New OTC wearable BGM coming out soon

I am interested in older TD2s experience with the new over the counter continuous BCM that are coming out soon. Will Medicare cover the cost? Will they be useful/available to persons using once a day insulin like Toujeo?
Newly FDA approved

  1. Dexcom Stelo
  2. Abbott LINGO AND
  3. Abbott LIBRE RIO
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Dexcom Stelo has a benefits check on this page. I would assume it would be similar coverage but maybe a different cost then the G7 of which my medicare cost just when up.

Best Luck :smiley:

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Not sure if it has to be done this way because of insurance and FDA requirements and so forth, but Stelo is described as not needing a prescription and for people not using insulin.

Certainly Dexcom did not come out with totally different technology, right? Isn’t it the same thing with a different label? And they are calling it something different so that they can do it without prescription, as long as you are not using insulin?

Is it not the same as the G7?

I listened to some Dexcom stuff on this, and they really don’t tell you anything! The only thing I got out of it is that it does not have alarms. :man_shrugging:

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@Eric Dexcom introduced Dexcom One in the UK at a much cheaper price last year. NHS started letting people pick either the Libre or the Dexcom because of that.(If you can get one, it varies per area)

The Dexcom One does not allow you to calibrate and overall more people seem to like the LIbre over there more than the Dexcom One. They are more used to the Libre and without the possibility of the calibration of the Dexcom One, the Libre seems to be more accurate for them. Some still choose to pay out of pocket for the G6, it has a cheaper price over there.

Personally I think dropping the calibration when they already had the technology is an excuse as to why it’s so much cheaper and they had to justify that. I would expect since the Libre is cheaper, Dexcom will want a cheaper alternative and do the same thing for over here. Not have calibration on it. Otherwise it’s a problem justifying the cost of the G6 covered by insurance and a cheaper alternative they have available. It’s interesting that the Libre is coming out with 2 new ones. I expect one will probably be even cheaper yet to make sure they can try to corner the type 2 market. They have done a better job of that because of the price point.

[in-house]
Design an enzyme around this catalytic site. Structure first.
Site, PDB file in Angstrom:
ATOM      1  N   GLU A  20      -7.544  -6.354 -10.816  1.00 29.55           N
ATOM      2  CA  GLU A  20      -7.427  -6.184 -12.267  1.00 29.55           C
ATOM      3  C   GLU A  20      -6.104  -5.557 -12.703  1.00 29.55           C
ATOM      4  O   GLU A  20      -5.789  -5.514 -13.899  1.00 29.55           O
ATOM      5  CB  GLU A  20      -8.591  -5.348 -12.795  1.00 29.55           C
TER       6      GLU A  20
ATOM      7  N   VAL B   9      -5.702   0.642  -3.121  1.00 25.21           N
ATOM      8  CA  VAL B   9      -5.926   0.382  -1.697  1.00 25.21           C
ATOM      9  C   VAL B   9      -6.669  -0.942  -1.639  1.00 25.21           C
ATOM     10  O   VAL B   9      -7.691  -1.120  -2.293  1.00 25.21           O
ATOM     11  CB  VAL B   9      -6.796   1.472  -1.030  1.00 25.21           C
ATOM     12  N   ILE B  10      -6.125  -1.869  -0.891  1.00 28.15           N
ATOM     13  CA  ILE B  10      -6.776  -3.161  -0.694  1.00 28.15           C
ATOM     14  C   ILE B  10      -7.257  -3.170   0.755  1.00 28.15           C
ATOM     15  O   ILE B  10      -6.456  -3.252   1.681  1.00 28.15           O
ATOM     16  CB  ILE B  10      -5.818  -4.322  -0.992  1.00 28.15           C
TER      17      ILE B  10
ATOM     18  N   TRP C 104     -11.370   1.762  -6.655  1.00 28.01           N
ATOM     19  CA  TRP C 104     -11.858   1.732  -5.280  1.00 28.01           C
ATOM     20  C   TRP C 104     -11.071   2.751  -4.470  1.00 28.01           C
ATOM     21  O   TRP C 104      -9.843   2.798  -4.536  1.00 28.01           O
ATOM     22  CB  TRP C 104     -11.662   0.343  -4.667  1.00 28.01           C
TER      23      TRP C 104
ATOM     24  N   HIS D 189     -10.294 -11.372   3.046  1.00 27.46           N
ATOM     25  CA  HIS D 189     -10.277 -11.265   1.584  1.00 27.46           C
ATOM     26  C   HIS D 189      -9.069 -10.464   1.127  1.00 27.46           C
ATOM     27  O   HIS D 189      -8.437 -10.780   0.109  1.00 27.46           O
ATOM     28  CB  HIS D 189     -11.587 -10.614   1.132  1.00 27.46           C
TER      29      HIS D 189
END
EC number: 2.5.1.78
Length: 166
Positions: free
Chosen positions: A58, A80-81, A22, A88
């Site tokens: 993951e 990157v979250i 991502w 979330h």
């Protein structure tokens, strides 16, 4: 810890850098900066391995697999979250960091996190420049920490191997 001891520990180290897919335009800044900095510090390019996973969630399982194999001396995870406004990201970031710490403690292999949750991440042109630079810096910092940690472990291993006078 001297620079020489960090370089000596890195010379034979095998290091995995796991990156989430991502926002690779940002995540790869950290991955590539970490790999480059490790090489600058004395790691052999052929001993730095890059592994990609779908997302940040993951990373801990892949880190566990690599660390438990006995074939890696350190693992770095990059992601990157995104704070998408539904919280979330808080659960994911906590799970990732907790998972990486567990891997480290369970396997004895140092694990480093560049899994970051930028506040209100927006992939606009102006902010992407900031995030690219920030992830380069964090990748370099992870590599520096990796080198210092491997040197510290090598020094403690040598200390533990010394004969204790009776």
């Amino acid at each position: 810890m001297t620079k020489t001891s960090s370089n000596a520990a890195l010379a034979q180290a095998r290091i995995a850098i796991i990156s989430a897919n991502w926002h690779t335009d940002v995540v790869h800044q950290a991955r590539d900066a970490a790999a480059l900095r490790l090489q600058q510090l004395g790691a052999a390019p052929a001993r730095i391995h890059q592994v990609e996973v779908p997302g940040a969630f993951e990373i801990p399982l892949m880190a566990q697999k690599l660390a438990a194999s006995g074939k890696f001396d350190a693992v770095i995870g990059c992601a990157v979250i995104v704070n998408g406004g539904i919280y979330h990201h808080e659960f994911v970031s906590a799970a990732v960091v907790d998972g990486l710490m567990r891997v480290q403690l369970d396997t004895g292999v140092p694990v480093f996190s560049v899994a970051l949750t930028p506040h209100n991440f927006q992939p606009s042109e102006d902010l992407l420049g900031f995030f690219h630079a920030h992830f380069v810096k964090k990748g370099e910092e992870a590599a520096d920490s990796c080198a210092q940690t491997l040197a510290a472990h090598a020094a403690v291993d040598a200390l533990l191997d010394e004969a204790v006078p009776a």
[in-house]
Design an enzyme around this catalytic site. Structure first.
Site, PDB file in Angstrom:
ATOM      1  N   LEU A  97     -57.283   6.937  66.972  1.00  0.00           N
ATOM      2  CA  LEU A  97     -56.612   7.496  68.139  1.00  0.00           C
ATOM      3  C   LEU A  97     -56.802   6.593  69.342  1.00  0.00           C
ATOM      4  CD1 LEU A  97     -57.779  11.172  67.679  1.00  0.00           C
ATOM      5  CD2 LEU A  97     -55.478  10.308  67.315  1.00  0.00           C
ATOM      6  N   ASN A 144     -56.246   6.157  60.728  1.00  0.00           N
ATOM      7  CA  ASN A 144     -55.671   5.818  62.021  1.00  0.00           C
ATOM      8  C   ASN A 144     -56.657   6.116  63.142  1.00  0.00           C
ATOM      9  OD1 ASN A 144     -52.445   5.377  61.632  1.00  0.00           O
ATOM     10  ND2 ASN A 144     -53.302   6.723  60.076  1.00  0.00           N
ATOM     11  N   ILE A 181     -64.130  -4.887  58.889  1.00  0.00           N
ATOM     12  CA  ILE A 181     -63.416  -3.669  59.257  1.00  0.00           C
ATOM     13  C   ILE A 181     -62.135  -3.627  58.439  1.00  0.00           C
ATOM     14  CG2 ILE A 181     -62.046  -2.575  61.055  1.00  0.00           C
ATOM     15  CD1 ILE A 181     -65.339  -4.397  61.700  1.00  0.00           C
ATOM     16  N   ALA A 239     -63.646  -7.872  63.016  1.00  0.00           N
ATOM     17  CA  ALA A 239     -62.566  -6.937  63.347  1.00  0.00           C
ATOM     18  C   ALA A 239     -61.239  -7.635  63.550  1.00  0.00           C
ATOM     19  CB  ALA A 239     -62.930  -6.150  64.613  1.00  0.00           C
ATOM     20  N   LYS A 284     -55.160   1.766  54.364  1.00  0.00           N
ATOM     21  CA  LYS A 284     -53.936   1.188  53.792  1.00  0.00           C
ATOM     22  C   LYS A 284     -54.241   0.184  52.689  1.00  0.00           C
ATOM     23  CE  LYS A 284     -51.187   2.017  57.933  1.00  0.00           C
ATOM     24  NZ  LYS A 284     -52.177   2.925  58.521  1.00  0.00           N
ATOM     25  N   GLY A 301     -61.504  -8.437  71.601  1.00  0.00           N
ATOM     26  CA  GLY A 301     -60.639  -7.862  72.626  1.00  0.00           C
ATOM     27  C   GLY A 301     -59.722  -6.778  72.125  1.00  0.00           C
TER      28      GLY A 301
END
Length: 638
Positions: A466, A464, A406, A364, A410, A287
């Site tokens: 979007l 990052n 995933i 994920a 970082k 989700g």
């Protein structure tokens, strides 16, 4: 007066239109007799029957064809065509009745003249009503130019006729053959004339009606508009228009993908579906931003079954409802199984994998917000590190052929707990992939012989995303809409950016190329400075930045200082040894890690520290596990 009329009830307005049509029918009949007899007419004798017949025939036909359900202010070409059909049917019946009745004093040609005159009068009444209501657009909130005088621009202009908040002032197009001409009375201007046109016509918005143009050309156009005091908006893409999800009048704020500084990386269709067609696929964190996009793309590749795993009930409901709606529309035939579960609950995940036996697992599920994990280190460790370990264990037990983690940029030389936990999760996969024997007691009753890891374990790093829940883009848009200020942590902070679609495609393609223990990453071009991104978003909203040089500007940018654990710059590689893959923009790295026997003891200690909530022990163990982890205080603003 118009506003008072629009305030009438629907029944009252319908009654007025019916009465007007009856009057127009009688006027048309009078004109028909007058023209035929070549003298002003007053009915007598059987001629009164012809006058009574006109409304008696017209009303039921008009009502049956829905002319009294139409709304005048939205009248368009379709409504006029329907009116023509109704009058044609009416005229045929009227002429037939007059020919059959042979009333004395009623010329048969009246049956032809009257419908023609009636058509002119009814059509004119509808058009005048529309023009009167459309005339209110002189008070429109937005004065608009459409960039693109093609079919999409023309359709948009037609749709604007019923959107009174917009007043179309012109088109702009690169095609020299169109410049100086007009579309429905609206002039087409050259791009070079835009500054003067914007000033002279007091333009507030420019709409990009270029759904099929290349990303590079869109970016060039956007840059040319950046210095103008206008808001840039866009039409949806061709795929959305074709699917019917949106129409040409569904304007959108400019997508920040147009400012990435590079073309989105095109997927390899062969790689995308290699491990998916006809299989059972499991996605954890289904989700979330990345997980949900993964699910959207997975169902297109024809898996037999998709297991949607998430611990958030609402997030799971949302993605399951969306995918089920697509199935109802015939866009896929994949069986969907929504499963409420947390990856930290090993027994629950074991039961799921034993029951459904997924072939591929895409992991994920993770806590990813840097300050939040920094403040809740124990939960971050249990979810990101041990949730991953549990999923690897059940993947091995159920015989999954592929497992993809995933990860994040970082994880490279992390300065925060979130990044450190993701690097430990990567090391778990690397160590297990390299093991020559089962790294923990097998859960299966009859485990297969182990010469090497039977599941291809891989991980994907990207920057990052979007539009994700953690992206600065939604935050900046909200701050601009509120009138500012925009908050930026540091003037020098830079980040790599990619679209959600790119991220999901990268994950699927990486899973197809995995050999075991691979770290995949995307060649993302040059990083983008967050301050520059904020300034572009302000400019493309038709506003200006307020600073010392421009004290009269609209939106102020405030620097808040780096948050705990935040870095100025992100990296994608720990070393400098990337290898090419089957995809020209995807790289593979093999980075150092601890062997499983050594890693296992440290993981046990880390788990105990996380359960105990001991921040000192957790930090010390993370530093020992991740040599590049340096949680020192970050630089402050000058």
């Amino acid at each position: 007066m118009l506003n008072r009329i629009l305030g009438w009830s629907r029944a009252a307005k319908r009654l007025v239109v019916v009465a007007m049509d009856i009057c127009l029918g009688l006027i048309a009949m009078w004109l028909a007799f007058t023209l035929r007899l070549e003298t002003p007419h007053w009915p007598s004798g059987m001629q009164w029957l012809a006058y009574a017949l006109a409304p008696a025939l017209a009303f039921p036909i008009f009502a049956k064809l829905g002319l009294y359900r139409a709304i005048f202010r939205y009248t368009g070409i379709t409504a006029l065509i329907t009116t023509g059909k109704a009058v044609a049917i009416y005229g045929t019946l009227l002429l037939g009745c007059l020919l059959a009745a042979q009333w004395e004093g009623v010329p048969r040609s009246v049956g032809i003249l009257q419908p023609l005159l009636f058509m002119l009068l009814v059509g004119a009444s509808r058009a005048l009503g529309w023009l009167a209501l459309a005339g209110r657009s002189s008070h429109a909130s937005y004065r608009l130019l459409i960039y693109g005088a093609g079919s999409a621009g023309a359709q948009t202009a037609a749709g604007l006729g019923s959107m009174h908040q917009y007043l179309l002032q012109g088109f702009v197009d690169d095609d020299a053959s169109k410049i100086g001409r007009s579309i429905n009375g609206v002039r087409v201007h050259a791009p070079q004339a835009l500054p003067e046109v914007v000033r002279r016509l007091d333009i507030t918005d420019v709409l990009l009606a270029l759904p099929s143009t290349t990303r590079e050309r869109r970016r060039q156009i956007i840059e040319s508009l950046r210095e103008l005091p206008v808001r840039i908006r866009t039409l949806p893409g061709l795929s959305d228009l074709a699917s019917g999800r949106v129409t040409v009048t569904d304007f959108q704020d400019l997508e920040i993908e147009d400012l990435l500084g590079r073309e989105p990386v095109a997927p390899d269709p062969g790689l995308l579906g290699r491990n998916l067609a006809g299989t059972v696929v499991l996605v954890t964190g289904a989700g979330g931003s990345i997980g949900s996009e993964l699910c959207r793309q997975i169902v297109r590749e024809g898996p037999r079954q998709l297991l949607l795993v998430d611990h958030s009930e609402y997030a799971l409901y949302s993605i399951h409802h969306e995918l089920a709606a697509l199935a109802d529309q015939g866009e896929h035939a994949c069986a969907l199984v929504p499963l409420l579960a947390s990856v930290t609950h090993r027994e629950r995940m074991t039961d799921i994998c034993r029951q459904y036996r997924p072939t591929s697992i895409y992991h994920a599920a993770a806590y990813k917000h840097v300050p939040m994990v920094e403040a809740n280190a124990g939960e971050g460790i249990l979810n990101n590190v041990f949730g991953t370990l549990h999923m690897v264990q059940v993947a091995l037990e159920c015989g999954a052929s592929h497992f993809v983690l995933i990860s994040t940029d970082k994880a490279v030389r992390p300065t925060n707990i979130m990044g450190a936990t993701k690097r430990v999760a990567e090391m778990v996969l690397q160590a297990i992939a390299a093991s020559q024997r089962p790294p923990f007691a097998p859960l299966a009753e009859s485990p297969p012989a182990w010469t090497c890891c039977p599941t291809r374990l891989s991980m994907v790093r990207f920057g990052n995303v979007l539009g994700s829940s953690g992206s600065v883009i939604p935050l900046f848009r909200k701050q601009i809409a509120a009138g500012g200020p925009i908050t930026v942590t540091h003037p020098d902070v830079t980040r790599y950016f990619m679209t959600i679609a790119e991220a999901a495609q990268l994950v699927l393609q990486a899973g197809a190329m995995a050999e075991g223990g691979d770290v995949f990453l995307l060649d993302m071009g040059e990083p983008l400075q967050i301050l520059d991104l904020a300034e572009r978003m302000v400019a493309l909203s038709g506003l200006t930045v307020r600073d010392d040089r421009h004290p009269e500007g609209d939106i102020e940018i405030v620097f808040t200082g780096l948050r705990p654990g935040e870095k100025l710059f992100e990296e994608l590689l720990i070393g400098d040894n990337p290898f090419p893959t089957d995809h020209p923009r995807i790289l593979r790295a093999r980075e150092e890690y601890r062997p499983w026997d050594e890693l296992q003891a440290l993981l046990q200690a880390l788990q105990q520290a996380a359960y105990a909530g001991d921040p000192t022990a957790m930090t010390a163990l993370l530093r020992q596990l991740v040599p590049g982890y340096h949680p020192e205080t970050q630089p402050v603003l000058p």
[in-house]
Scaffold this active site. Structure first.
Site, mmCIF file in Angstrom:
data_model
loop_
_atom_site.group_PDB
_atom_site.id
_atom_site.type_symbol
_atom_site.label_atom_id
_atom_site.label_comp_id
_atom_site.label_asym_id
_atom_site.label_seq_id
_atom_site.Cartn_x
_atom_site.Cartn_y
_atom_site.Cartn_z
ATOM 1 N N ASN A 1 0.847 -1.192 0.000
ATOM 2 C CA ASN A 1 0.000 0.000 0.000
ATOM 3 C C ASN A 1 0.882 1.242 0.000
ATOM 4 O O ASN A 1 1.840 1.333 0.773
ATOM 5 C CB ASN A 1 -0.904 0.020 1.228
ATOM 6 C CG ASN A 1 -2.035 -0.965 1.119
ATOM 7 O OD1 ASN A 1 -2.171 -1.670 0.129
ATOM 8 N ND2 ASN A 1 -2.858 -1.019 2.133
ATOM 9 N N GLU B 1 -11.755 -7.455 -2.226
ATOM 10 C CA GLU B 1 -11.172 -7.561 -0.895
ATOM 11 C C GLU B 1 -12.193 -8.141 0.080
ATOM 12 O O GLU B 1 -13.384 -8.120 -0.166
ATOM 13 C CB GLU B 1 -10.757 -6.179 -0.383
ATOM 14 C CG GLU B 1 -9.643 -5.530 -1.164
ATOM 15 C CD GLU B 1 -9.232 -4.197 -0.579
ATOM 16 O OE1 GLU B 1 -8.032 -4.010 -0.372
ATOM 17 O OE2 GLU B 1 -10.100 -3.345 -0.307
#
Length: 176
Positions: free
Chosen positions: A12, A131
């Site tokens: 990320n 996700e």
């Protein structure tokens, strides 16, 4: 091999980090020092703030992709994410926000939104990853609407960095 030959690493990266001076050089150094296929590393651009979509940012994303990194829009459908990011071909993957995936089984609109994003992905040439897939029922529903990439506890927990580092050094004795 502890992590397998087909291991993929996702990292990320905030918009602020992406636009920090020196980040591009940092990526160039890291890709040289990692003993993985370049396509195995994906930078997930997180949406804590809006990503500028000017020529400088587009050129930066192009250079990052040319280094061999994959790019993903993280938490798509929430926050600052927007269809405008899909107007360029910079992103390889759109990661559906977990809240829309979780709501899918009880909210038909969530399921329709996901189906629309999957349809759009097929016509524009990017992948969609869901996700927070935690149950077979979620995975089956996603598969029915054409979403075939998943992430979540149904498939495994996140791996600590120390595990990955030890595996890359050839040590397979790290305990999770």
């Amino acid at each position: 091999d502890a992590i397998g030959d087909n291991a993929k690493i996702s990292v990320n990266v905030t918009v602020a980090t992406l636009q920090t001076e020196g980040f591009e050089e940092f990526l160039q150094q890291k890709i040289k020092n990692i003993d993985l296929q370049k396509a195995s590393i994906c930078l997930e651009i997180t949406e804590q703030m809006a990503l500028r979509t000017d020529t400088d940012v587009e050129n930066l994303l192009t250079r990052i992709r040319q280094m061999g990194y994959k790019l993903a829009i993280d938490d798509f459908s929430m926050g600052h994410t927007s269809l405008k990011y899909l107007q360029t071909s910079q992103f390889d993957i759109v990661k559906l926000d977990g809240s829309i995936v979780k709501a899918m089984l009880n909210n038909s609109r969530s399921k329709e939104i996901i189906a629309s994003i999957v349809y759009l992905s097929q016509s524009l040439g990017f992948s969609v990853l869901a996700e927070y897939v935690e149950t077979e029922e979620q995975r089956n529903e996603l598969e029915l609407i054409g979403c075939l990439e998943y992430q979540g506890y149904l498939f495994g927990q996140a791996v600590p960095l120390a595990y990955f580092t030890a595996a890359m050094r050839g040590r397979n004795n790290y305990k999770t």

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Thanks @Marie !

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Assume it is similar to this


vs

:rofl:

Obviously ‘cool mint’ is better than 'blue mint’:man_shrugging:

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Much cooler!
:joy:

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Obviously it was @jim26 's turn to wake up on the funny side of the bed :grin:

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No: Medicare does not cover OTC medications. The reason Abbott are doing this is because there is massive use, and interest, in CGMs from people who are not permitted to use them in the US because they are prescription medications. I.e. in the US it is necessary to get a doctor to write a prescription to use one of these.

Abbott did an end-run round the closed shop and got FDA approval for something that is harmless (i.e. it doesn’t harm you of itself). Compare and contrast with any number of herbal remedies :slight_smile:

The good news is that all the T2s and T1s who, for various reasons, couldn’t get a prescription can now get a CGM OTC, just like I used to do with BG test strips. The bad news is that so far as I can determine Abbott’s price is still ridiculous. This will change.

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Once others jump on board a little competition will hopefully bring prices down.

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That isn’t what I meant; competition is an illusion. The price will change because the value of the product is so great that the market will rapidly determine selling one thing for $1000 makes much less money than selling the same thing (which has almost 0 cost of production) for $10 10,000 times.

This is Keynes’ point; the traditional “supply demand” economics only works so long as the supply is controlled. Controlling the supply is an essentially fascist thing, “It’s only for people who deserve it, and we determine who they are.”

A true capitalist can only be tempted by supply-demand. It’s not capitalism. A true capitalist makes stuff for $1 and sells it for $2.